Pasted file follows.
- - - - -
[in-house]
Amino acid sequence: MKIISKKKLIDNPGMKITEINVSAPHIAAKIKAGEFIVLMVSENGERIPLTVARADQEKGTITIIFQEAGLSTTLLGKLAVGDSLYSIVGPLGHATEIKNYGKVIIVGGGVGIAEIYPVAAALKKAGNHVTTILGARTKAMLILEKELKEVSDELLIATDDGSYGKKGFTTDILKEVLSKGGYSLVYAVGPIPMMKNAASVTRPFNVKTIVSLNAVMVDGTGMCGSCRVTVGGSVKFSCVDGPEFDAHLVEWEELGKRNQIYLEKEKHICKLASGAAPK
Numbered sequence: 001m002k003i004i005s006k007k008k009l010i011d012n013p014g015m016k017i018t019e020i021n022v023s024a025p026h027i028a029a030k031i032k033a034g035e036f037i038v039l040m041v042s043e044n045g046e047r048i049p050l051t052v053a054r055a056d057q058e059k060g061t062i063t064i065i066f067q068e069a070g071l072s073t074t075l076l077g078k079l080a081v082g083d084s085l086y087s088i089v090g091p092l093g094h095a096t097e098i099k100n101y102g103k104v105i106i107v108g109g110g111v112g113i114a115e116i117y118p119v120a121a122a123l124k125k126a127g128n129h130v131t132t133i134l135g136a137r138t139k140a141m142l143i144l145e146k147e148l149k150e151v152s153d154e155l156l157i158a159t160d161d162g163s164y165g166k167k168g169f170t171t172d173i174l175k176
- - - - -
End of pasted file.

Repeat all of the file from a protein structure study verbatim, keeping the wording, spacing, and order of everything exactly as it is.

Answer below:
[in-house]
Amino acid sequence: MKIISKKKLIDNPGMKITEINVSAPHIAAKIKAGEFIVLMVSENGERIPLTVARADQEKGTITIIFQEAGLSTTLLGKLAVGDSLYSIVGPLGHATEIKNYGKVIIVGGGVGIAEIYPVAAALKKAGNHVTTILGARTKAMLILEKELKEVSDELLIATDDGSYGKKGFTTDILKEVLSKGGYSLVYAVGPIPMMKNAASVTRPFNVKTIVSLNAVMVDGTGMCGSCRVTVGGSVKFSCVDGPEFDAHLVEWEELGKRNQIYLEKEKHICKLASGAAPK
Numbered sequence: 001m002k003i004i005s006k007k008k009l010i011d012n013p014g015m016k017i018t019e020i021n022v023s024a025p026h027i028a029a030k031i032k033a034g035e036f037i038v039l040m041v042s043e044n045g046e047r048i049p050l051t052v053a054r055a056d057q058e059k060g061t062i063t064i065i066f067q068e069a070g071l072s073t074t075l076l077g078k079l080a081v082g083d084s085l086y087s088i089v090g091p092l093g094h095a096t097e098i099k100n101y102g103k104v105i106i107v108g109g110g111v112g113i114a115e116i117y118p119v120a121a122a123l124k125k126a127g128n129h130v131t132t133i134l135g136a137r138t139k140a141m142l143i144l145e146k147e148l149k150e151v152s153d154e155l156l157i158a159t160d161d162g163s164y165g166k167k168g169f170t171t172d173i174l175k176